Vintage Homes in Ukrainian Village

Louis Sullivan's Holy Trinity Orthodox Church in Chicago's Ukrainian Village neighborhood. image source: flickr user swanksalot

Louis Sullivan’s Holy Trinity Orthodox Church in Chicago’s Ukrainian Village neighborhood. image source: flickr user swanksalot

The Ukrainian Village neighborhood on Chicago’s near northwest side is hanging on to some of their older homes, however, each year a wave of new properties are built. Many of the new residences lack the craftsmanship and working-class feel of the neighborhood.

Just to the north of Ukrainian Village is Chicago’s Wicker Park neighborhood which has long been home to some of the city’s more affluent dwellers. Wealthy Germans and Scandinavians moved to Wicker Park following the Great Chicago Fire of 1871. Their homes were built out of more fireproof materials such as stone and brick. The workers who built these larger homes built more insubstantial, wood-framed homes to the south. The continual build-up of Wicker Park has made single-family homes harder and harder to come by, and the effects are being felt in Ukrainian Village.

An example of the worker's cottages that exist from the turn of the 20th century when the area was occupied, almost exclusively, by Ukrainians and other eastern Europeans. Image source: flickr user kendoman26

An example of the worker’s cottages that exist from the turn of the 20th century when the area was occupied, almost exclusively, by Ukrainians and other eastern Europeans. Image source: flickr user kendoman26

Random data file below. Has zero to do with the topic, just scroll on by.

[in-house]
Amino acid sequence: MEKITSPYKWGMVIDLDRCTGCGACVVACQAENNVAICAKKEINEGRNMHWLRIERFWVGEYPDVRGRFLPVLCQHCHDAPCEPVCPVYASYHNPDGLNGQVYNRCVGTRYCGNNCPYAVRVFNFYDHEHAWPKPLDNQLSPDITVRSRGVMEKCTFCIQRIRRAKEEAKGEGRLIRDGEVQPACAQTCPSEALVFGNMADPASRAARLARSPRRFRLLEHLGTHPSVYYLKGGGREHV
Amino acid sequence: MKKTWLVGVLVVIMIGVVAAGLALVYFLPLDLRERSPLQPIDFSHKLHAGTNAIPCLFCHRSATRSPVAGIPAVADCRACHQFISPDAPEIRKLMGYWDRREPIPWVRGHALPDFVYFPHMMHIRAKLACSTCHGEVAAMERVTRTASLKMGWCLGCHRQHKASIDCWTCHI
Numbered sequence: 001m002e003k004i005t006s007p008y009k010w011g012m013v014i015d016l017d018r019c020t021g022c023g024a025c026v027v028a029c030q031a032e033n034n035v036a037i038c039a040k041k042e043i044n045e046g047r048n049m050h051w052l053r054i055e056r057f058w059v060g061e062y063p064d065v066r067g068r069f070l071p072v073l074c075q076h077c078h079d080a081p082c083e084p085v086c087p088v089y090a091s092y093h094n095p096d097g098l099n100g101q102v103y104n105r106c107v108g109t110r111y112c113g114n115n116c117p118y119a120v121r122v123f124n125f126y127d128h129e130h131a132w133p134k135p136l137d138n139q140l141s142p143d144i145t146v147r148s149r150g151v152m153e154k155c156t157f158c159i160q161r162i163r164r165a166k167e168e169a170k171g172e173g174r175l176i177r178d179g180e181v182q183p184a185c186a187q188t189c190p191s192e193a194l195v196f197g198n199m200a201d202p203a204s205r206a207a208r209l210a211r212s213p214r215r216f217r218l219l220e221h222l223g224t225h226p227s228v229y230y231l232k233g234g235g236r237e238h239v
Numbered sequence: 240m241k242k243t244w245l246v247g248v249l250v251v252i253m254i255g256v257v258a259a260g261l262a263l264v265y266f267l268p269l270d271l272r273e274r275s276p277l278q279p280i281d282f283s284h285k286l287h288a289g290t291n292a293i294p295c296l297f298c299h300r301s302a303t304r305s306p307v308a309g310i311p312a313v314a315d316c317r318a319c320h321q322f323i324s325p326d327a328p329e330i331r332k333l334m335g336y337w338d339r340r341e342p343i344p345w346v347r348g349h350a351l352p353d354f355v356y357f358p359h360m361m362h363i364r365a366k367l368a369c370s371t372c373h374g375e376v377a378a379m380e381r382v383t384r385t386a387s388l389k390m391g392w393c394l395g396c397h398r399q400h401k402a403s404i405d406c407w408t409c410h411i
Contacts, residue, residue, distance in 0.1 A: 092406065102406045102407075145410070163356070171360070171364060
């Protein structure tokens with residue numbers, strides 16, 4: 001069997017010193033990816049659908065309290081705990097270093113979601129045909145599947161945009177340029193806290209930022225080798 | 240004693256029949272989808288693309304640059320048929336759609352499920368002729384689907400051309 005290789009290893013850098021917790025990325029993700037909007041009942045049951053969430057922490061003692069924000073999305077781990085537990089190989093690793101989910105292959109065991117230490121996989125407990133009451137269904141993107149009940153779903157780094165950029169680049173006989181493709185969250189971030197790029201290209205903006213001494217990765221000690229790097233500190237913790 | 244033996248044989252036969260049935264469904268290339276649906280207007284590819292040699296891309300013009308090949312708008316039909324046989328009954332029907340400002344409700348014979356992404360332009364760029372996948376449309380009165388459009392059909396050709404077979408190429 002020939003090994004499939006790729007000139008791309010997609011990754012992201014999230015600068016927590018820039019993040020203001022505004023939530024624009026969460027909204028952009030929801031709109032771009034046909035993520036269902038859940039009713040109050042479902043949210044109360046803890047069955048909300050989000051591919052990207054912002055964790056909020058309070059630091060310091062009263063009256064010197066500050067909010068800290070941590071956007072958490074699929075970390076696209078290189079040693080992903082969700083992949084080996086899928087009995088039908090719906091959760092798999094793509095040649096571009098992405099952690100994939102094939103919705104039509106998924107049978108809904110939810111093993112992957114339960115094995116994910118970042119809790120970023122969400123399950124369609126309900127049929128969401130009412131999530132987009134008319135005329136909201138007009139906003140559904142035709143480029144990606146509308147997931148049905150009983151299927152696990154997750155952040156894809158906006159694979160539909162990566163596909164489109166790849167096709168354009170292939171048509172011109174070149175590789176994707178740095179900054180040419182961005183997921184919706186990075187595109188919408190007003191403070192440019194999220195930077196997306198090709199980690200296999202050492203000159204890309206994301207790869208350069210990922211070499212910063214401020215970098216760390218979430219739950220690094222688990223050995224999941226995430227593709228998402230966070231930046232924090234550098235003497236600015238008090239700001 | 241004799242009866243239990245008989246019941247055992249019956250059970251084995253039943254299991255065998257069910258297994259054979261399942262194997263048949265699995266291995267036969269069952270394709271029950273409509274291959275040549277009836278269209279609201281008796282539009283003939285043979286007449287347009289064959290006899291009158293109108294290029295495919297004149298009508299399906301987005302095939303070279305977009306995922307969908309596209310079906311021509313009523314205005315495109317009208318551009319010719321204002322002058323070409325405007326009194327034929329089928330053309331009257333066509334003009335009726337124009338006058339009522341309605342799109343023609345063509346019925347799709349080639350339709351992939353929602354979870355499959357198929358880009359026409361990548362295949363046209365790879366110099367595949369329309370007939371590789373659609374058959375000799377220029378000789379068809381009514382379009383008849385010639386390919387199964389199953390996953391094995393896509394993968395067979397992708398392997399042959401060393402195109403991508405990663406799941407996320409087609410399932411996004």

Single-family homes in the Ukrainian Village area are going for anywhere between $600 and $700k these days. Many of them have had interiors totally rearranged into more open layouts, suiting modern tastes, although the exteriors often remain unassuming. One feature that the older homes of Ukrainian Village have that modern, lot-line to lot-line condos don’t have is an original back yard. A large garage in the back – Ukrainian Village is just north of a warehousing district – is a nice surprise as well.

The Ukrainian Cultural Center at Oakley and Chicago shows how close the neighborhood is to the center of the city. Images source: http://www.uccchicago.org/center-images/

The Ukrainian Cultural Center at Oakley and Chicago shows how close the neighborhood is to the center of the city. Images source: http://www.uccchicago.org/center-images/

The neighborhood is in very close proximity to the loop, expressways, the Randolph Street food scene and Wicker Park. The variety of nightlife scenes that can be found within a short cab ride or walk from Uke Village is quite broad and exciting. This is why it has attracted a large number of young professionals in the past few decades.

The handful of traditional worker’s cottages that still exist in Ukrainian Village today are hard to find on the market. The eastern European holdouts are rumored to only sell to other eastern Europeans, and for good cause. Cultural institutions that have been built in the neighborhood in the last half century have remained strong through the start of the 21st century and are evidence that there is desire to retain the unique, working-class character of the neighborhood.

I Speak Vintage hopes that anyone lucky enough to own one of the homes within the Ukrainian Village Landmark District would treasure it and preserve it.

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